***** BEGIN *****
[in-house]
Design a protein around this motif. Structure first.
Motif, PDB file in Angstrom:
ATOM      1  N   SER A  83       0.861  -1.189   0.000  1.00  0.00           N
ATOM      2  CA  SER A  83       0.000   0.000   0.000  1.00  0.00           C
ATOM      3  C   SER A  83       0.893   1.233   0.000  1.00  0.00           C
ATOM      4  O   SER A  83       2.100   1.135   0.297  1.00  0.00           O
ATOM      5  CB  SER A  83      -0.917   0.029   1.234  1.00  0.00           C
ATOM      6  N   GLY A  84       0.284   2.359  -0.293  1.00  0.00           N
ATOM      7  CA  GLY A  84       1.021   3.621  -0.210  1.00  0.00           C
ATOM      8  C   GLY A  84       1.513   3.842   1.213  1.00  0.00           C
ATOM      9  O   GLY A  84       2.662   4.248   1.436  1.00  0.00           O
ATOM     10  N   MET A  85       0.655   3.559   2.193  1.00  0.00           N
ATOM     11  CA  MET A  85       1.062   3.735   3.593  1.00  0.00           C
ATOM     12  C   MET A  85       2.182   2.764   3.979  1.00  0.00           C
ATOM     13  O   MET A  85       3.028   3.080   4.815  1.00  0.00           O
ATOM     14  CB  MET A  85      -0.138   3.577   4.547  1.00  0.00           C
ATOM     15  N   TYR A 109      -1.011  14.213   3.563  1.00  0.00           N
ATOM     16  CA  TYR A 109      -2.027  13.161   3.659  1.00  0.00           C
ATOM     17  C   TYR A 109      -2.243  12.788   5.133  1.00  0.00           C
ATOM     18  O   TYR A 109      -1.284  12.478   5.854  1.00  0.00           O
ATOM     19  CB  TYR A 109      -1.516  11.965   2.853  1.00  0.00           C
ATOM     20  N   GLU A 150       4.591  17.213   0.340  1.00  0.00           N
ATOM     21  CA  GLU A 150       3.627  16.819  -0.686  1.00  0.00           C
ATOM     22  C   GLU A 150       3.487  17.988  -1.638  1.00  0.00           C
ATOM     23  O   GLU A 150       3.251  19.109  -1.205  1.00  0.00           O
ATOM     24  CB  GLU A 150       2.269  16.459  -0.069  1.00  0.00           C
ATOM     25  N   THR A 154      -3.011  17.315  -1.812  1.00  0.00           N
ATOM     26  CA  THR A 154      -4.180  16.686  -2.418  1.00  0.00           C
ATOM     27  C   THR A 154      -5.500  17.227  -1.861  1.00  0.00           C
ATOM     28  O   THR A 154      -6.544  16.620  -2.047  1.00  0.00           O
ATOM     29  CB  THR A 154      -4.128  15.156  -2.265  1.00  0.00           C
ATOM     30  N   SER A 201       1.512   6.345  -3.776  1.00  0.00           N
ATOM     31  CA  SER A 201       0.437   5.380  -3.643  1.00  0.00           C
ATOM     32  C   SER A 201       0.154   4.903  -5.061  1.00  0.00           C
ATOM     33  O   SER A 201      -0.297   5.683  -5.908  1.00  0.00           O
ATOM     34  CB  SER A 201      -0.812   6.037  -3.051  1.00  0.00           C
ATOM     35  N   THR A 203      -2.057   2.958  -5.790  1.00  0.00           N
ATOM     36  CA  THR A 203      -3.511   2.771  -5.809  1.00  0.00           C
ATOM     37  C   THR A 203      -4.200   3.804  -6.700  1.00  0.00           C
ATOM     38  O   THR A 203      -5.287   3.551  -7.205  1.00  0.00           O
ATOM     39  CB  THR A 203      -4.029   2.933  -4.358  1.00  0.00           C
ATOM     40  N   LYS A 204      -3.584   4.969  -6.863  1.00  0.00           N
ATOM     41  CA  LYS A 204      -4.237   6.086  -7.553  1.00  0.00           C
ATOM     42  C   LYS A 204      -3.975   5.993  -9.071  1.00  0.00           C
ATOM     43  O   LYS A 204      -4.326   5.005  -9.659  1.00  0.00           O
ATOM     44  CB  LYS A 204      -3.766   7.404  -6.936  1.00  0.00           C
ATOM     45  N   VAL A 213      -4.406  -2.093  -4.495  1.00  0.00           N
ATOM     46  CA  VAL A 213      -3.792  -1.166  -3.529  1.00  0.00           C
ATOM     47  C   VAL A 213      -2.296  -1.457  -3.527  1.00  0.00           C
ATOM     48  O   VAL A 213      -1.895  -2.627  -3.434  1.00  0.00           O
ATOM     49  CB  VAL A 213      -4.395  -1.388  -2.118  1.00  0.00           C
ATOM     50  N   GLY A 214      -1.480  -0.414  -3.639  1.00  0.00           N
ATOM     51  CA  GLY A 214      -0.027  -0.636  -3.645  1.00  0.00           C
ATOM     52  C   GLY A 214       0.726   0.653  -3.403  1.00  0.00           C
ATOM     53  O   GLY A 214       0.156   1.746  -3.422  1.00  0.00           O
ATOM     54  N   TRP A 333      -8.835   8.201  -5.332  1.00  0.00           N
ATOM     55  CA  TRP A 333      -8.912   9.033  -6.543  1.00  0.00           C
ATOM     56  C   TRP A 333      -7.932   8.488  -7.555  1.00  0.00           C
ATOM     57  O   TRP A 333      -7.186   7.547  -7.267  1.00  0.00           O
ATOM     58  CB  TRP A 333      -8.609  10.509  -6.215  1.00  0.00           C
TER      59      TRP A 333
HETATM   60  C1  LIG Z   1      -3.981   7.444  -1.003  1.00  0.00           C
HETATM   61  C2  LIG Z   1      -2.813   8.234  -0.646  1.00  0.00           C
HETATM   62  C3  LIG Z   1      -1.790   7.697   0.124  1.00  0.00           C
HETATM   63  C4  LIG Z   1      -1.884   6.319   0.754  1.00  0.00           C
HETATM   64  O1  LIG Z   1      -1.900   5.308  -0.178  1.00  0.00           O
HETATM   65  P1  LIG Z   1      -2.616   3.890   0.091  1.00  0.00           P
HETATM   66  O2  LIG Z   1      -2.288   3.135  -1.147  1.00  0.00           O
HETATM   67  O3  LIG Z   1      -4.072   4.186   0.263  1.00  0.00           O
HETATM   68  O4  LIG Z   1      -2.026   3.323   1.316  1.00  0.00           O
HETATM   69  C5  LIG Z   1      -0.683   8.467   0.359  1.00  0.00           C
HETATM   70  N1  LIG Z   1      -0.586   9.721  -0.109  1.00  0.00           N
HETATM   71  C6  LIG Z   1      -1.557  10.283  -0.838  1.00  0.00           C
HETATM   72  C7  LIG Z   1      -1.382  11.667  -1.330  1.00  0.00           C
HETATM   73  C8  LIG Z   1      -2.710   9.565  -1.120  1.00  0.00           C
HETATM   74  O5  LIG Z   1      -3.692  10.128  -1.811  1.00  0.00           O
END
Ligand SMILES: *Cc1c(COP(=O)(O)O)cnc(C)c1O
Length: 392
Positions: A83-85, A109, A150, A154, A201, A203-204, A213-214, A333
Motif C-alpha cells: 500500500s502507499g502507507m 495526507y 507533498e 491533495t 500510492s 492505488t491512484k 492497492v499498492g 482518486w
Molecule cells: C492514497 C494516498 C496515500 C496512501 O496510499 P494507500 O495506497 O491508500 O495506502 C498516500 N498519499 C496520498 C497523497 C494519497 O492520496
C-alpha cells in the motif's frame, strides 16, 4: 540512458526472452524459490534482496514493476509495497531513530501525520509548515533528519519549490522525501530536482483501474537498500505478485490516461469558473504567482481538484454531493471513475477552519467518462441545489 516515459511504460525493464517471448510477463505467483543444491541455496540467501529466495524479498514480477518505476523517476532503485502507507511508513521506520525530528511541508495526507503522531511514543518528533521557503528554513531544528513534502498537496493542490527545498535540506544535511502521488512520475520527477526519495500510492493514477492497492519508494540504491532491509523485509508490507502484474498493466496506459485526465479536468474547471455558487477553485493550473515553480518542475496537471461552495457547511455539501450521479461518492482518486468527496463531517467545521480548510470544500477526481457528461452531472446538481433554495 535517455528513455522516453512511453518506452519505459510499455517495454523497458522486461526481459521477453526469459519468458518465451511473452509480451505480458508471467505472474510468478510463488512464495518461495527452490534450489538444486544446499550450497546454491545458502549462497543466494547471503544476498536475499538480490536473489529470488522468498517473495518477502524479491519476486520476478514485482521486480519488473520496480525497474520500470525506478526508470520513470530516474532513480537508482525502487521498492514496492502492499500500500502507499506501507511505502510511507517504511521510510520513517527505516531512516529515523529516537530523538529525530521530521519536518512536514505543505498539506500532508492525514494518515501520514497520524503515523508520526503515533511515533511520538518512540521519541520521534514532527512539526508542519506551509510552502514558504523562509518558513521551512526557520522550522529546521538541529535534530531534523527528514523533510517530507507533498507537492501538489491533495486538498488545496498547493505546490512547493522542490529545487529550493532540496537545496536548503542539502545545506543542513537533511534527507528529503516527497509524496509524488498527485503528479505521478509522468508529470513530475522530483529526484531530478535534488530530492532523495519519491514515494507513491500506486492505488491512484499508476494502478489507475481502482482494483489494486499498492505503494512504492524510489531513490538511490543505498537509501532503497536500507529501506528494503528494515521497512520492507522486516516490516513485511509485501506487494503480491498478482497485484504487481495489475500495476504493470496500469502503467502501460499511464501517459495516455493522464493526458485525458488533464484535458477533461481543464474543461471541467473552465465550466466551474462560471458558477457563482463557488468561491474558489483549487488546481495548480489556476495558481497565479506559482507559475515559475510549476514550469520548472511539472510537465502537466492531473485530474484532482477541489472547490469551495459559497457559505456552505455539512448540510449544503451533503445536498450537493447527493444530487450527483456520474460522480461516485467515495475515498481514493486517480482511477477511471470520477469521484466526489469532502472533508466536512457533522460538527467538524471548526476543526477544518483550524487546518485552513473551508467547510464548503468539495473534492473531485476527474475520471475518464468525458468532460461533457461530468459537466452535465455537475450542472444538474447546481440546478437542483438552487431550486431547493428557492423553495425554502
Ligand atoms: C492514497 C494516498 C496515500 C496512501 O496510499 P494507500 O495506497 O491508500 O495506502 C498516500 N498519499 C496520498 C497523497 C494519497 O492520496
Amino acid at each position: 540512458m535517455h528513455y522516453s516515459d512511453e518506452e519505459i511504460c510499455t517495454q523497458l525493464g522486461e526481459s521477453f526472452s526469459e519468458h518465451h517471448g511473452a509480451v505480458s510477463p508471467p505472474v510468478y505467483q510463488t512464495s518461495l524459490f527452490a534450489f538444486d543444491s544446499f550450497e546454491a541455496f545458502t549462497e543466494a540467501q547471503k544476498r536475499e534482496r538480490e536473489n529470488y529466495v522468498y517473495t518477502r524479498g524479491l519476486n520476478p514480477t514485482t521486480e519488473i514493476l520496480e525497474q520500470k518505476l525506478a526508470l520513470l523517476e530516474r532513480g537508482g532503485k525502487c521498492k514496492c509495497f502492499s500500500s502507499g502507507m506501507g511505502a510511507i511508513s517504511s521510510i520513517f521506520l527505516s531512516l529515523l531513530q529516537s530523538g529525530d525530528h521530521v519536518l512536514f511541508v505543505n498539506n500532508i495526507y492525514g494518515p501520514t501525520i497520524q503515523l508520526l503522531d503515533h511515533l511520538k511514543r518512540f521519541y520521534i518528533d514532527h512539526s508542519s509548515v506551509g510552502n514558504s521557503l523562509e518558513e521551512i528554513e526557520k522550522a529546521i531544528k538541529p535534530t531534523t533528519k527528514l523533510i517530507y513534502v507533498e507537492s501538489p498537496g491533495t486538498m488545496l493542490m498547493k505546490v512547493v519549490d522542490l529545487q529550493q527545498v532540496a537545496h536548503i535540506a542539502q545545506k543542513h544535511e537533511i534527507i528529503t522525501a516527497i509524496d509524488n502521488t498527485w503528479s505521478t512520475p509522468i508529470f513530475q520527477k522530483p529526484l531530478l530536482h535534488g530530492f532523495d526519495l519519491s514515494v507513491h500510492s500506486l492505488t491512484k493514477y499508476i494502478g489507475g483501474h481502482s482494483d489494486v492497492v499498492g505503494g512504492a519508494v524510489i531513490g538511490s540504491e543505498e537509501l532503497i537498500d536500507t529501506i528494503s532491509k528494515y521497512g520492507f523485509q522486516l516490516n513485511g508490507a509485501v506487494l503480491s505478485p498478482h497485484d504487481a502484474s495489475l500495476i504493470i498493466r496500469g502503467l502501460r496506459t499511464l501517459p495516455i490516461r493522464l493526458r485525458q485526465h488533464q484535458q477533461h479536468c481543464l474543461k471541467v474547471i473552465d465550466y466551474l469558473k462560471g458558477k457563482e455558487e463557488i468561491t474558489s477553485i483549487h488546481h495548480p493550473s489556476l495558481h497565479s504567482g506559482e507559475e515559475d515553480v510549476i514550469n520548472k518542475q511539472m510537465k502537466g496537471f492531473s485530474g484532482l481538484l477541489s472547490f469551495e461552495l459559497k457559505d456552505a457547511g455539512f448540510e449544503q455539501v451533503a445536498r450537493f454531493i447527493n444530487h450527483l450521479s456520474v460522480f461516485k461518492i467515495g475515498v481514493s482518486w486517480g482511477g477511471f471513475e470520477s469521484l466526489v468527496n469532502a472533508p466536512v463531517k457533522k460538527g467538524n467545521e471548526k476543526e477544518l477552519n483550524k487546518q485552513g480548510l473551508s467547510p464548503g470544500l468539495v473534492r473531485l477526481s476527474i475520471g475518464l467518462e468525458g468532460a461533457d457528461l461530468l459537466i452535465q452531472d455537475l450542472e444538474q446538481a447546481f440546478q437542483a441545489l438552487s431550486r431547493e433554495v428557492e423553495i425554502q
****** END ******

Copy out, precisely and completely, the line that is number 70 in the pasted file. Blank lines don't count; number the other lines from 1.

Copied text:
HETATM   67  O3  LIG Z   1      -4.072   4.186   0.263  1.00  0.00           O